The desert cardinal.
It sings and behaves almost exactly like its scarlet cousins. It never flies away from seasonal changes or difficult weather, and it also tolerates drier conditions than its bright red family members.
Why do you need to know that? Because I am a birdbrain. I connect things that are totally unlike each other. I am a surrealist. And for me, being a cardinal is all about never flying away when the winter comes, never giving up.
There was a time in my life when I wasn’t entirely sure of who I would become. Let me say clearly, “I am not now, nor have I ever been a homosexual.” And if I had been one, like a couple of my friends turned out to be, I would not be ashamed to be one. But there was a time, in my high school years, when I really wasn’t certain, and I was terrified of what the answer might be.
And it was in high school that I met Dennis.
Now, to be honest, I noticed him while I was still an eighth grader, and he was in my sister’s class and two years younger. It was in the locker room after eighth grade P.E. class was ended and sixth grade P.E. was getting dressed for class. I was returning to pick up a book I had left. He was standing just inside the door in nothing but shorts. The feeling of attraction was deeply disturbing to my adolescent, hormone-confused brain. I didn’t want to have anything to do with that feeling. But I felt compelled to find out who he was anyway. He was the younger brother of my classmate Rick Harper (not his real name). In fact, he was the book end of a set of twins. But I came to realize that it was Dennis I saw, not Darren, because they were trying to establish their identities by one of them curling his hair, and the other leaving his straight.
Nothing would ever have come of it, but during my Freshman year of high school, I encountered him again. During a basketball practice where the ninth grade team was scrimmaging with the eighth graders, the seventh graders were all practicing free throws at the side of the junior high gym. While I was on the bench, he came up to me from behind and tapped me on the shoulder. I turned around and he tossed me his basketball. “Play me one on one?” He asked. I almost did. But I remembered that Coach Rod had warned us to be ready to go into the game when he called on us. I had a turn coming up. So, I told him that and promised I would play him some other time. He grinned at me in a way that gave me butterflies in my stomach. Why? To this day I still don’t really know.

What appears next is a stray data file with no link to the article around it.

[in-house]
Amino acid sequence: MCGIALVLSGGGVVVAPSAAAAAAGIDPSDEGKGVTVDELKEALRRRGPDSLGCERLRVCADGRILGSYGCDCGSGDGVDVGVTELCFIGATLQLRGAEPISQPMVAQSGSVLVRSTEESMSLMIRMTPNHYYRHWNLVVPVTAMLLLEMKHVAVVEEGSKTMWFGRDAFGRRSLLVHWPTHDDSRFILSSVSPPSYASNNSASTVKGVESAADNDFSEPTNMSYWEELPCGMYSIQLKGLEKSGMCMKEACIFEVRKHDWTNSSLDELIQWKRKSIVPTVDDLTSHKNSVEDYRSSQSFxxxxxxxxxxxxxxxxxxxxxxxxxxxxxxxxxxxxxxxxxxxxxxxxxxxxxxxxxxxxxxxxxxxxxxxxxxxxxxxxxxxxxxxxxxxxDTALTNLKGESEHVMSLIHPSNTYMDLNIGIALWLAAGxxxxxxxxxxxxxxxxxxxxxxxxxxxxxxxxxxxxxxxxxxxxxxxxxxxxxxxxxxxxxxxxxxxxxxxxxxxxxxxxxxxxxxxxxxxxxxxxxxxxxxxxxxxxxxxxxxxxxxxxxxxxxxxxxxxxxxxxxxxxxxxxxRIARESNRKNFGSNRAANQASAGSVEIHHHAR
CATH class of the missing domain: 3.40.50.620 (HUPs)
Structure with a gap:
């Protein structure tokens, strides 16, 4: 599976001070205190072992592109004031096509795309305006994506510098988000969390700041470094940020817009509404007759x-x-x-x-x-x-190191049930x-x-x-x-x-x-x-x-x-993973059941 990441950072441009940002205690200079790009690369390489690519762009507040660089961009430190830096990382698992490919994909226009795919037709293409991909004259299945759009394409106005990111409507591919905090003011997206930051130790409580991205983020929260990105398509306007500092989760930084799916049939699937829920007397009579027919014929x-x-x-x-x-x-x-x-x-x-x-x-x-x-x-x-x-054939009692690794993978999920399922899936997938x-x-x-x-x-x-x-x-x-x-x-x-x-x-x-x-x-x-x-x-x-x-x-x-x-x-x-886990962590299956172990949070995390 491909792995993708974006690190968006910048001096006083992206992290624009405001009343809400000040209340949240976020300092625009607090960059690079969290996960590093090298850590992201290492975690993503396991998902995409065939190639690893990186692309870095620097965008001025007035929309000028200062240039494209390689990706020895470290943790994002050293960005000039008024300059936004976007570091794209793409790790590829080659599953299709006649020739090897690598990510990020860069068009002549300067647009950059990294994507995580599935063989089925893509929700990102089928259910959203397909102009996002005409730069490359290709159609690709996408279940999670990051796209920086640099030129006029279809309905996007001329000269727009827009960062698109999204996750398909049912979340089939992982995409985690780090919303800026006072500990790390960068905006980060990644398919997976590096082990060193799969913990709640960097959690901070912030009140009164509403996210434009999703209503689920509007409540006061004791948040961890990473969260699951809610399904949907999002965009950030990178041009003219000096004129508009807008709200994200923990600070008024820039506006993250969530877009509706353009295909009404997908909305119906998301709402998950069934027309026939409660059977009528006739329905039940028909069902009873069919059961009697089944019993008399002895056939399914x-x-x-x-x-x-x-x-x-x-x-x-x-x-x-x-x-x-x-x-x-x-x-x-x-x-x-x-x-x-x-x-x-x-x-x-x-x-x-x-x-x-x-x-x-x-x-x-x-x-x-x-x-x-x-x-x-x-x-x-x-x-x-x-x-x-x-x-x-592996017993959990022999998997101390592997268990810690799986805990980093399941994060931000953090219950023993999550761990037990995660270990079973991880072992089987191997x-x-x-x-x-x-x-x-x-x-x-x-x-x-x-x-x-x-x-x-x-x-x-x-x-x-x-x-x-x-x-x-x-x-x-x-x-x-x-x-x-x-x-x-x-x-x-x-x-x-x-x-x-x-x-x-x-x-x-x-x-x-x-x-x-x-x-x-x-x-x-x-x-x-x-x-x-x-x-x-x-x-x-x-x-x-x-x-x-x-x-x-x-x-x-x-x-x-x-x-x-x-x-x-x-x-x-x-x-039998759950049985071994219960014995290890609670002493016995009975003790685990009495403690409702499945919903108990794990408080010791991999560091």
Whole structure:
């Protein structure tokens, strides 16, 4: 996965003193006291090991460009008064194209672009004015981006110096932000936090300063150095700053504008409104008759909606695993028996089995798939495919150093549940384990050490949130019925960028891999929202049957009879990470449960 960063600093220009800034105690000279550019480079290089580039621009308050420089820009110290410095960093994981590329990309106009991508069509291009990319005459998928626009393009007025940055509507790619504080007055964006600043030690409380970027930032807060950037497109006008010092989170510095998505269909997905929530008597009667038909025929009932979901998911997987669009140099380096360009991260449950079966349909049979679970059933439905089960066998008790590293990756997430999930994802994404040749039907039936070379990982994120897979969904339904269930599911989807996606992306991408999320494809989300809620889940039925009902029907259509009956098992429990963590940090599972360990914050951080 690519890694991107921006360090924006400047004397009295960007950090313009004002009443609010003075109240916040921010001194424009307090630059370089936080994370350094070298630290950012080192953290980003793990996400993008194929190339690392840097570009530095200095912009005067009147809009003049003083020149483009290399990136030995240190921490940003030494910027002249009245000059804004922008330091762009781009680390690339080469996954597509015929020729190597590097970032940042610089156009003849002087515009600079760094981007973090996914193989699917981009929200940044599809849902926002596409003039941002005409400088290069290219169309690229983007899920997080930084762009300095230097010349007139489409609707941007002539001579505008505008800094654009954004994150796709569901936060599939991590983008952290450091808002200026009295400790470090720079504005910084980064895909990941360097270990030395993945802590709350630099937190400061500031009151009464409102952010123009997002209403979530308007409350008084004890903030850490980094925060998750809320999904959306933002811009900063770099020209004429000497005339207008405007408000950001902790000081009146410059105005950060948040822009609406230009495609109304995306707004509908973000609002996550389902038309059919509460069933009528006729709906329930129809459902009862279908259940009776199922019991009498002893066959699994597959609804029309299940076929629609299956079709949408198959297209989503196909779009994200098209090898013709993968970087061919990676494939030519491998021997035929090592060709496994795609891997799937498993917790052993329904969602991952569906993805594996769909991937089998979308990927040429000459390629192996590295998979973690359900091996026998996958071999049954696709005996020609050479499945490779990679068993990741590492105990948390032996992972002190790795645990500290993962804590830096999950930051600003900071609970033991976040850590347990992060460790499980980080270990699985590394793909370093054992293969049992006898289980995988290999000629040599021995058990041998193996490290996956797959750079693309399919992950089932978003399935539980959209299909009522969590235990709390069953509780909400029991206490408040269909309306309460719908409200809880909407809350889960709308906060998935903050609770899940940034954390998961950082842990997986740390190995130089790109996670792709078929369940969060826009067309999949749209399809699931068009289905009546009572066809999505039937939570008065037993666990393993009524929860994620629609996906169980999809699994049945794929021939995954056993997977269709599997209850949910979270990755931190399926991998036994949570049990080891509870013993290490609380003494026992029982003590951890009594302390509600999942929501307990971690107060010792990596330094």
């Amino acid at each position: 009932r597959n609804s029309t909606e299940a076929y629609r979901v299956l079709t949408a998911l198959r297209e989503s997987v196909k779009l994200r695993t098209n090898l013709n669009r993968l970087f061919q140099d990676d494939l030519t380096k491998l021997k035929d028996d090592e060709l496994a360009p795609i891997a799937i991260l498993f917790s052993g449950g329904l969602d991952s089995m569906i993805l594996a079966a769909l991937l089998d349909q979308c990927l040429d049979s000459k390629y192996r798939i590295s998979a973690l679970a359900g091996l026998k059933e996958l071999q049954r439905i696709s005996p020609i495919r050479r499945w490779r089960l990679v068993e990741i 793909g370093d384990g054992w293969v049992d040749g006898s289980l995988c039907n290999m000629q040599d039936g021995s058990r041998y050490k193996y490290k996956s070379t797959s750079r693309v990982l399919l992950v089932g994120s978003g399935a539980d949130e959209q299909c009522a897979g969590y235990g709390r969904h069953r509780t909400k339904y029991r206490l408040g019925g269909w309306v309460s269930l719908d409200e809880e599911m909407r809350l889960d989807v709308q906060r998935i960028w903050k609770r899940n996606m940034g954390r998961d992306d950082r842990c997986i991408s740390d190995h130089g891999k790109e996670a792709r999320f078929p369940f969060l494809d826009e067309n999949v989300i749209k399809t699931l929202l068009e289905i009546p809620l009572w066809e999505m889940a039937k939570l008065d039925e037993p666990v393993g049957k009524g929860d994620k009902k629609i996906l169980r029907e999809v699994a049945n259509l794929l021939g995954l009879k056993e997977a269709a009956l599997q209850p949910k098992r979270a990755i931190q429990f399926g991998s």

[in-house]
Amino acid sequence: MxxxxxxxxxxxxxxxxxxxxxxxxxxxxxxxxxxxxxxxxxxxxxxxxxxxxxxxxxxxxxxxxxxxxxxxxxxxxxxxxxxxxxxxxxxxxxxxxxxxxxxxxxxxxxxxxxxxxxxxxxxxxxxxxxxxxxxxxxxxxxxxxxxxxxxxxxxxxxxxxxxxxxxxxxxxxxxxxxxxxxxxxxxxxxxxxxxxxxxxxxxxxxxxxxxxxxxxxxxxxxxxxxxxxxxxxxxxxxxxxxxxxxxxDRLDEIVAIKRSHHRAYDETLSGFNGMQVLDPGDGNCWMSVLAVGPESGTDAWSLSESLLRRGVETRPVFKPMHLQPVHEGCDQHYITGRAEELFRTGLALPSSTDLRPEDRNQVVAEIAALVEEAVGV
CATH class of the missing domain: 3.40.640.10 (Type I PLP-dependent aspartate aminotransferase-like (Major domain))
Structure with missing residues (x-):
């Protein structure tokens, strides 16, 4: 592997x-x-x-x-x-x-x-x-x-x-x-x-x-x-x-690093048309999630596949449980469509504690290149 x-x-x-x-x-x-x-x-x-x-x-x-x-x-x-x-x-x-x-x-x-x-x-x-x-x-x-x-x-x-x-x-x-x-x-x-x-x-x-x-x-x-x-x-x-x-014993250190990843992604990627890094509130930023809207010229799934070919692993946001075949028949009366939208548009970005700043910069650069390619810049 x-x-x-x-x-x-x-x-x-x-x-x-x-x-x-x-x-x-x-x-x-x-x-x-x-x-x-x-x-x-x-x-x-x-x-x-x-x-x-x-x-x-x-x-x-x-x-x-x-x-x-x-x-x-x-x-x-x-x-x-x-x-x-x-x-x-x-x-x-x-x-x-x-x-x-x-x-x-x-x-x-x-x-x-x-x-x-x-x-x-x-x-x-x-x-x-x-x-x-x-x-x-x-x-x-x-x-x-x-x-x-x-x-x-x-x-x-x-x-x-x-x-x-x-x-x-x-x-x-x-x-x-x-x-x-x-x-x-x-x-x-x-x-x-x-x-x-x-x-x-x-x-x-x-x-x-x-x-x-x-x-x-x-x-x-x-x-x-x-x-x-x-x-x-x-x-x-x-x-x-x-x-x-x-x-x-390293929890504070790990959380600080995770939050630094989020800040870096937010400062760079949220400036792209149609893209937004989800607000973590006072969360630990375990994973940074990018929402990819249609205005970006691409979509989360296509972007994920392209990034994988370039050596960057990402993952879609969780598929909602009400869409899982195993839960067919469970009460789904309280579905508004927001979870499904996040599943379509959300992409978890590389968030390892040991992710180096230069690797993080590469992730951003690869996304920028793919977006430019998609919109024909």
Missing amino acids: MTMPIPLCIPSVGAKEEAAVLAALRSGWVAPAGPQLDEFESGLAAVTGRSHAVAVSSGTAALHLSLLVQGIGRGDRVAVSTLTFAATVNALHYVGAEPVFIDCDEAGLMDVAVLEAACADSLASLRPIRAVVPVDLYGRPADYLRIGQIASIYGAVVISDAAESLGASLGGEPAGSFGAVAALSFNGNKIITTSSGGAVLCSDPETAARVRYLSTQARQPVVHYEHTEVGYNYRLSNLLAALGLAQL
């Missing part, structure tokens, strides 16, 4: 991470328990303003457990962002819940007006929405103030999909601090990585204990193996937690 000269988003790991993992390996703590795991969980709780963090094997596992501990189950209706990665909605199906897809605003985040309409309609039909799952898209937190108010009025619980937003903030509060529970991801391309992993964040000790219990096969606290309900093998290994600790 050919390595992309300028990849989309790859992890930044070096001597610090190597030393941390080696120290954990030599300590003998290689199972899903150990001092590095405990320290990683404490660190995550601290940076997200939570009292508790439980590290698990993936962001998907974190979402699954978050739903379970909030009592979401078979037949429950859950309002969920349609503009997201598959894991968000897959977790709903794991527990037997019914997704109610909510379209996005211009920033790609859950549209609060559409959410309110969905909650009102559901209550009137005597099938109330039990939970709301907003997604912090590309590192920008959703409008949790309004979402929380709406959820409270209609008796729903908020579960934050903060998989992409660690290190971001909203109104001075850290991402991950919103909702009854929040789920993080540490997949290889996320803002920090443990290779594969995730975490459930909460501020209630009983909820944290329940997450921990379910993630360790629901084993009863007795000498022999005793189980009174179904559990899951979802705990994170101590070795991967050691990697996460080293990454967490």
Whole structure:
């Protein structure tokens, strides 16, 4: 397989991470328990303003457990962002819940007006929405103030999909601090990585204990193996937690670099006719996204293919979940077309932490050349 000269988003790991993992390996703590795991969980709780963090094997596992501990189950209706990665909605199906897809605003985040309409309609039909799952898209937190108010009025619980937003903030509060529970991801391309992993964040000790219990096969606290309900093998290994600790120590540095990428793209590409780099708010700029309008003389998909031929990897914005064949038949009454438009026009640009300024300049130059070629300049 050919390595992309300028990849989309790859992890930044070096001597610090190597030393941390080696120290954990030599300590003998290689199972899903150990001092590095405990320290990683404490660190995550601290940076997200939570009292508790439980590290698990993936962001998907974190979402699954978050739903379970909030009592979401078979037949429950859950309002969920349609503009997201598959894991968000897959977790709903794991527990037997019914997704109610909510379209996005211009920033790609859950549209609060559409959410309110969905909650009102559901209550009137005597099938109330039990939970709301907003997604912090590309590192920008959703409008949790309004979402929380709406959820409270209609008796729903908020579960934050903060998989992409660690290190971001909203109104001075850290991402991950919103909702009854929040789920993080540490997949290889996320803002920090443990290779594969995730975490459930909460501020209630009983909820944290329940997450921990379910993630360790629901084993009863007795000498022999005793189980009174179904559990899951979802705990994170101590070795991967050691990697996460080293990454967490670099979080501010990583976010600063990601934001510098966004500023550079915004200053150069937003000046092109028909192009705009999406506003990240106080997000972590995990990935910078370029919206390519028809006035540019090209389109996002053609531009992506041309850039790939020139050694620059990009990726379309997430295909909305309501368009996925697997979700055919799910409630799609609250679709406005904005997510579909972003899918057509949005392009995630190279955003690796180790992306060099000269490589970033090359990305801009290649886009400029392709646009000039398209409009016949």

Dennis’s older brother and I were in Vocational Agriculture class together that year and both on the Parliamentary Procedure team preparing for a competition. We were at Rick’s house. After a few rounds of practice that convinced our team we would definitely lose the competition, David and his brother trapped me in a corner.
“Hey, Meyer, how’re ya doin’?” Dennis said. Darren just stared at me, saying nothing.
“It’s Beyer, not Meyer,” I said. Of course, he knew that. The Meyers were a local poor family with a bad reputation, and it was intended as an insult. And it also rhymed, making it the perfect insult.
“Still one of the worst basketball players ever?”
“I try. I’m working on it really hard.” That got him to laugh and ask me to give him a high five.
“Goin’ to the basketball game later?”
I knew then that he wanted to be my friend. I wasn’t sure why. He was picking me out of the blue to make friends with. We didn’t move in the same circles, go to the same school, or even live in the same town. He was a Belmond boy, I was Rowan kid. And he didn’t know I was only a few years past being sexually assaulted and not ready to face the demons my trauma had created within me.
Later, at the basketball game, he found me in the bleachers and sat down beside me. In my defense, I am not a homophobe. And neither he nor I turned out to be a homosexual. He just wanted to be my friend and was taking difficult steps to make that connection. He was the one taking the risks. I greeted him sarcastically, and looking back on it, somewhat cruelly, because I was filled with too many uncertainties. I never meant to drive him away. But I will never forget the wounded look on his face as he scooted away down the bleacher seat.
He tried to talk to me several times after that. He apparently never lost the urge to befriend me. But as much as I wanted to accept his friendship, it never came to be. I have regretted that ever since.
Dennis passed away from cancer early this year. It is what made me think about who we both once were and what I gave away. I went on to actually befriend a number of boys through college and into my teaching career. I never chose any of them. The friendship was always their idea. I went on teach and mentor a number of fine young men. I like to think I did it because I felt a bit guilty of never really being Dennis’s friend. I hope somewhere along the way I made up for my mistake. I hope Dennis forgives me. And I wish I could tell him, “I really do want to be your friend.”
The pyrrhuloxia is a member of the family of cardinals and grosbeaks. And it does not migrate away from troublesome seasons and bad weather. There is dignity in being a pyrrhuloxia.